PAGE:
Before Treatment: Understanding Clinical Trials

What patients need to know to decide whether a clinical trial is right for them

PUBLISHED: MARCH 28, 2013
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Clinical trials provide data that prove a new treatment is better than the standard therapy. They may offer alternatives if patients have few treatment options or if they’re seeking a treatment with the potential of being more beneficial than the standard treatment. Choosing a clinical trial may mean patients can find an option with fewer toxicities than the one being offered or one that is more convenient, such as an oral medication or a shorter treatment time. Although an increasing number of investigational cancer drugs are being approved by the Food and Drug Administration each year, the process is still lengthy and complex. If patients can navigate the process, they may find a good option, but it’s important to understand the phases involved in clinical trials and the potential benefit.

Phase 1 trials enroll a small number of patients to study side effects and establish a safe dosage for a potential treatment. Phase 1 studies also evaluate how a new treatment should be given (for example, if a new drug is best taken orally or injected into the bloodstream or muscle), how often it should be administered and the most effective dose with the fewest or least severe side effects. Most patients who enter phase 1 trials have limited treatment options or do not improve with standard therapies. This phase is not designed to determine the effectiveness of the treatment.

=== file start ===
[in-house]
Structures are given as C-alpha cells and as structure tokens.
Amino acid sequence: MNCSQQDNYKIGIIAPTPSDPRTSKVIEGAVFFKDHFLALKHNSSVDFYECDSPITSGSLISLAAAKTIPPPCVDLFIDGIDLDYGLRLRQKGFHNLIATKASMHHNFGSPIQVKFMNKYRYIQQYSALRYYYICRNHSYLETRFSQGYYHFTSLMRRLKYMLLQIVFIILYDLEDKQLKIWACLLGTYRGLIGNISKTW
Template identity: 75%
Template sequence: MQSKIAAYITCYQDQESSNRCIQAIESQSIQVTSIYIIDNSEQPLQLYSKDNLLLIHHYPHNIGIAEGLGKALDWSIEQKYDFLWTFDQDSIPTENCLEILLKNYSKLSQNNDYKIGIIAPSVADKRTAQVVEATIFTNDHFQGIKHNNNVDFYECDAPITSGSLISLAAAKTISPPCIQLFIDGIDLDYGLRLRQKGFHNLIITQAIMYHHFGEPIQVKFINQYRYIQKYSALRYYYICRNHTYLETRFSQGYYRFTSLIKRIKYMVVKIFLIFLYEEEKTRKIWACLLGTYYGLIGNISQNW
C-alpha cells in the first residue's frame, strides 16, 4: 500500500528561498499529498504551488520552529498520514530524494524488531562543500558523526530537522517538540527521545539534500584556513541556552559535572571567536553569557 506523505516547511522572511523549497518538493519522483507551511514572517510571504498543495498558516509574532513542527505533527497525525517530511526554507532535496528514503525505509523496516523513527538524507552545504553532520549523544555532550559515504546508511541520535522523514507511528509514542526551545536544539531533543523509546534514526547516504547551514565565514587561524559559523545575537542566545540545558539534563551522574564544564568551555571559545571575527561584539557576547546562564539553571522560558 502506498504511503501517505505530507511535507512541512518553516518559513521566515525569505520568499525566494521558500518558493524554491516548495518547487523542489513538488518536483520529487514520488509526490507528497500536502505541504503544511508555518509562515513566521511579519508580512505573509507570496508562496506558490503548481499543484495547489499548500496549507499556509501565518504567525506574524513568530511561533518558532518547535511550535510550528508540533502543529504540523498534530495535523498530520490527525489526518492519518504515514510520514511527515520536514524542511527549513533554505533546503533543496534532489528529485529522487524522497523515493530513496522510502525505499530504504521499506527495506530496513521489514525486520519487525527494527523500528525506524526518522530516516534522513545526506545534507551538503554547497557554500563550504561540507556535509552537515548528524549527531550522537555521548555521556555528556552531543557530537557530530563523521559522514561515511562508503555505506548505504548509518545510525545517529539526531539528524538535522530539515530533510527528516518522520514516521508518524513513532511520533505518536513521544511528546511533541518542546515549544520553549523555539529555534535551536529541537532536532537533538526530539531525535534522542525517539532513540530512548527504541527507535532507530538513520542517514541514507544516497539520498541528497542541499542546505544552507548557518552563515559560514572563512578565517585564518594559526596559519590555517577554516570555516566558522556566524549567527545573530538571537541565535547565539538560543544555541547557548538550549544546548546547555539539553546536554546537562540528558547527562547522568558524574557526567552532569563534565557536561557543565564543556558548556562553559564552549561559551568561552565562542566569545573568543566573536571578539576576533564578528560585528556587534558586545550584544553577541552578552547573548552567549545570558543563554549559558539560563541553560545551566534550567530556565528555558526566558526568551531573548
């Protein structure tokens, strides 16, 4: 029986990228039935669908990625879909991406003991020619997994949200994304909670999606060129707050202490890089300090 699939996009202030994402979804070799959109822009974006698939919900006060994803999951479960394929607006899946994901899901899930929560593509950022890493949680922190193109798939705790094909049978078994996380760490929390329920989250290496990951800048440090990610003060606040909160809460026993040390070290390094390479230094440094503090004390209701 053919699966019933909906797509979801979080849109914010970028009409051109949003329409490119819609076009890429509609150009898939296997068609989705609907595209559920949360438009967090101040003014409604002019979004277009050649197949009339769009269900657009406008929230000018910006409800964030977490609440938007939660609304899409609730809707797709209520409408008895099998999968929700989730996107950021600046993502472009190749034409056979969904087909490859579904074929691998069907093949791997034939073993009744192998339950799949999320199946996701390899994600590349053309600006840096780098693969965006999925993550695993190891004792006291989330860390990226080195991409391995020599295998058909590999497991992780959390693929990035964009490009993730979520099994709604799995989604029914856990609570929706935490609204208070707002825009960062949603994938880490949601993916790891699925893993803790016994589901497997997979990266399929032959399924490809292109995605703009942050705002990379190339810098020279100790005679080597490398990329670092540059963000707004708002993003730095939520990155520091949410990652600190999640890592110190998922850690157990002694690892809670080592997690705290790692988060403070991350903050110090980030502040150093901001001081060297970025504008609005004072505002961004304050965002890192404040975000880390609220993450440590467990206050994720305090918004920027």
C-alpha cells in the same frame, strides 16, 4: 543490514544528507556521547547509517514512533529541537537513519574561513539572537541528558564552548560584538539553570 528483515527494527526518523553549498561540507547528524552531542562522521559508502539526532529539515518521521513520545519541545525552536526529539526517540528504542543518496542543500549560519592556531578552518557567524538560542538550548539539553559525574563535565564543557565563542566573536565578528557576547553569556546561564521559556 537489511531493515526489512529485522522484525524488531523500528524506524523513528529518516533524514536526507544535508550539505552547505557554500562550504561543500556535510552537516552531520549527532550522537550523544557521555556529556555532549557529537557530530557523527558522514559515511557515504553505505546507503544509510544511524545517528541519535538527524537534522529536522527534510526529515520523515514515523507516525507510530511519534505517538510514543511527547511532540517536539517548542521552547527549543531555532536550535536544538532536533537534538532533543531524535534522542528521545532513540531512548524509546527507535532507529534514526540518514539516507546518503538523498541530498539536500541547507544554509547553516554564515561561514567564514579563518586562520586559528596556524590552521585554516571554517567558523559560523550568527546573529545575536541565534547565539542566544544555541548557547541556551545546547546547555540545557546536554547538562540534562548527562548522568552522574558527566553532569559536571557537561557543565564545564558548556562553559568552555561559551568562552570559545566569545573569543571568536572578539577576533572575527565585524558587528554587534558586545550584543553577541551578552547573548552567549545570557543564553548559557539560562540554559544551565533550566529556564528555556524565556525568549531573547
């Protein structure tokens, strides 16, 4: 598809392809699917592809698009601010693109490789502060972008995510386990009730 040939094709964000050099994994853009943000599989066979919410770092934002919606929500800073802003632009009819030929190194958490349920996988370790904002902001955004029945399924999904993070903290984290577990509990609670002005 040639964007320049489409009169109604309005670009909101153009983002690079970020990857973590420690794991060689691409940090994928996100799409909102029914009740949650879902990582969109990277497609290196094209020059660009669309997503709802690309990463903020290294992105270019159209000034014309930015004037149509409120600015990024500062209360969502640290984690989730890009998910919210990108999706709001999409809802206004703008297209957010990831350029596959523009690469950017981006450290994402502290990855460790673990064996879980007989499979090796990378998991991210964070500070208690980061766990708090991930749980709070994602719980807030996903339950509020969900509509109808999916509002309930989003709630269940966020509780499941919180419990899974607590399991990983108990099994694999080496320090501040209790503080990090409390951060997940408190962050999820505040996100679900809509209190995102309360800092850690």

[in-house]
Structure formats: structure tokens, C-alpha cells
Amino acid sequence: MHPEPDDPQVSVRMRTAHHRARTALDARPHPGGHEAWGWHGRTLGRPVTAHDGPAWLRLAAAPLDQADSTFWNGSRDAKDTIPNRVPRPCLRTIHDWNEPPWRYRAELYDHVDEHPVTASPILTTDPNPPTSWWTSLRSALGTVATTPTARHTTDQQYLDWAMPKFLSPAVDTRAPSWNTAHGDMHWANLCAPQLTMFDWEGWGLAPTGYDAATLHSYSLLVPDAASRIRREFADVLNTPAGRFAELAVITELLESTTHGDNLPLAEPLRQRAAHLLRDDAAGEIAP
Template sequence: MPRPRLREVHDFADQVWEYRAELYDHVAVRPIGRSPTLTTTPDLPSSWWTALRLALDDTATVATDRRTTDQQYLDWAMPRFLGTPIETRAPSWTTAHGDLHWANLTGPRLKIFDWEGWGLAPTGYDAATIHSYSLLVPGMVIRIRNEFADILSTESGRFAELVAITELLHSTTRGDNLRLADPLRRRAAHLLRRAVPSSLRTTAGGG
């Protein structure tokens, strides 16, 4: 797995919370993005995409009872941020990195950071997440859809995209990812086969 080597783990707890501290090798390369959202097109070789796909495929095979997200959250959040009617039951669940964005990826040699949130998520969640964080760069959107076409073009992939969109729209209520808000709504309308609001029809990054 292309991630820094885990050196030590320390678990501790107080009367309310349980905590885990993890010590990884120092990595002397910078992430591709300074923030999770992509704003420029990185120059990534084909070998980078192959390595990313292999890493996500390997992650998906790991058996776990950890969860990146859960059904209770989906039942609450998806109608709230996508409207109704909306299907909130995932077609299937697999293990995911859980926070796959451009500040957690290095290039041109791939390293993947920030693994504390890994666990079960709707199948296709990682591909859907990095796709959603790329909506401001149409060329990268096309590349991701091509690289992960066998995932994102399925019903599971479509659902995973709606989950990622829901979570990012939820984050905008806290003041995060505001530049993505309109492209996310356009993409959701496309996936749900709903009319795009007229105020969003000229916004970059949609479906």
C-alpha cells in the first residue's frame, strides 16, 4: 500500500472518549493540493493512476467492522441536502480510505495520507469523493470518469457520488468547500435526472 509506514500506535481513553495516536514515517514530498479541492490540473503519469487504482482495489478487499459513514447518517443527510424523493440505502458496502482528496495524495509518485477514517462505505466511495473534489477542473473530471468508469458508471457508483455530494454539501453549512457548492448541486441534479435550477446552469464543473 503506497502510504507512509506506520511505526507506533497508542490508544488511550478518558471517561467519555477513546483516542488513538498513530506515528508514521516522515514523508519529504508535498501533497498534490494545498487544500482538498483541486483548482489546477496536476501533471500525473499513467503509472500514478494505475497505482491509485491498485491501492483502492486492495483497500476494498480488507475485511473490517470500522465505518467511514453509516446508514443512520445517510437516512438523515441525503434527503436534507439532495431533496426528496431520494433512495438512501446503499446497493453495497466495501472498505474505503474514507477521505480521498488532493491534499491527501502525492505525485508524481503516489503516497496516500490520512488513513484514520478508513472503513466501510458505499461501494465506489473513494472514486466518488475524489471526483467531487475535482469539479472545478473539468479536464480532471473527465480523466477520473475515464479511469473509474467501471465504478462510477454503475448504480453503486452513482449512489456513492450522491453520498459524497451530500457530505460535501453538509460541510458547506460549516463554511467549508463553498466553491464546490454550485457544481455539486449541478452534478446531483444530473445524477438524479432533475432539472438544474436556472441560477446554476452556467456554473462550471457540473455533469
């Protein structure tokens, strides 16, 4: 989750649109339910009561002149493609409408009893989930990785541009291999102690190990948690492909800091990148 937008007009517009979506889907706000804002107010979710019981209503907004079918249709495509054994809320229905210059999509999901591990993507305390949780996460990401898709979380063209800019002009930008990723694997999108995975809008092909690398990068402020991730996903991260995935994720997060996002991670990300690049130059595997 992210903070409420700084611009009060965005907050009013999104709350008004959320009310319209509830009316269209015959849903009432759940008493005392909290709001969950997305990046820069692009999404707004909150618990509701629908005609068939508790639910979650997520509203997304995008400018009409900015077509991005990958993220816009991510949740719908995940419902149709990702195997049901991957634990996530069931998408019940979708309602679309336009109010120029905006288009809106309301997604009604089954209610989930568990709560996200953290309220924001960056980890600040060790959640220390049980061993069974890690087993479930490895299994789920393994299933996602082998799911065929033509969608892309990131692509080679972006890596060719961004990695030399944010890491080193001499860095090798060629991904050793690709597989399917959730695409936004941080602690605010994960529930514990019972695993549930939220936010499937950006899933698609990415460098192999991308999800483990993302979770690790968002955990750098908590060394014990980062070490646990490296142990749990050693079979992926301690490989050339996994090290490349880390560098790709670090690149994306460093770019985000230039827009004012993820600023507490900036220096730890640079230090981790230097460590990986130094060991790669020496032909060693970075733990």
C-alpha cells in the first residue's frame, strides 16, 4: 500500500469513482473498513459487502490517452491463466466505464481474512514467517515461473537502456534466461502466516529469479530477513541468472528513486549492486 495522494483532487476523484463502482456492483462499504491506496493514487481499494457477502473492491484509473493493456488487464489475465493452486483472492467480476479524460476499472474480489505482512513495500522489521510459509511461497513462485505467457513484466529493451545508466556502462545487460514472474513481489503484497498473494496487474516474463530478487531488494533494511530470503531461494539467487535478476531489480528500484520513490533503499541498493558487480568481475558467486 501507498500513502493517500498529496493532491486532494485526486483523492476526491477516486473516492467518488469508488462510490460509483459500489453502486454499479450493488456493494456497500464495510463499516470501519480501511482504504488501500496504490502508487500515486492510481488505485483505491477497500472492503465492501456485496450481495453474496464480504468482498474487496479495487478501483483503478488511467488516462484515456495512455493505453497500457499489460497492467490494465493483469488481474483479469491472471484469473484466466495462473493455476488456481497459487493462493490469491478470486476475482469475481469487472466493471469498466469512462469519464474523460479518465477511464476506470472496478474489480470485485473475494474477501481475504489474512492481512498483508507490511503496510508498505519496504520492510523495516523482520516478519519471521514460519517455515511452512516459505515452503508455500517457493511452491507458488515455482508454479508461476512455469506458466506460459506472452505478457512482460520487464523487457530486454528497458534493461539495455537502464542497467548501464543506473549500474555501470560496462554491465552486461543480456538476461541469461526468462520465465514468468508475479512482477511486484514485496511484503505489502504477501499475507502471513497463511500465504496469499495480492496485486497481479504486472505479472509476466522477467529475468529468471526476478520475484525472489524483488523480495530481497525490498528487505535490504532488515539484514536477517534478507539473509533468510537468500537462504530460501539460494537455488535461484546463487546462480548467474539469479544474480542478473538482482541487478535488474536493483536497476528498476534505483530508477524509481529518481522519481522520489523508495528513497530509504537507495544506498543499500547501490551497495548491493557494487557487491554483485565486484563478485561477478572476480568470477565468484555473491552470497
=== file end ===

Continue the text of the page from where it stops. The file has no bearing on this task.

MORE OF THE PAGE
Phase 2 trials continue to test the safety of a treatment while beginning to evaluate how well it works. These trials are usually limited to a specific cancer that showed benefit with the treatment in earlier trials.

Phase 3 studies compare the experimental drug, combination of drugs, regimen of radiation therapy or surgical procedure with the current standard to determine if it is better. Enrollment is often in the hundreds to thousands across multiple locations. Typically, a participant is randomly assigned to the standard treatment or the new treatment (called randomization). Patients who are not randomized to the experimental treatment will receive identified standard treatments.

Informed Consent

Before enrolling in a clinical trial, patients are asked to sign an informed consent document that states they understand the purpose of the research and its risks and benefits, as well as their rights as a patient. Patients should keep a copy of the informed consent document with their medical records. No informed consent document can ask patients to waive their legal rights or release the trial’s research team, trial sponsor, drug manufacturer or institution from liability for negligence.

Patients are allowed time to discuss the informed consent documents with family, friends or their physicians and to ask follow-up questions of the research team. As the trial progresses, the research team will continue to provide information and updates. It is important to understand that because the treatment is experimental, the outcomes and side effects are not always foreseeable, although any predicted risks should be explained in detail beforehand.

Covering the Costs

Talk about this article with other patients, caregivers, and advocates in the General Discussions CURE discussion group.
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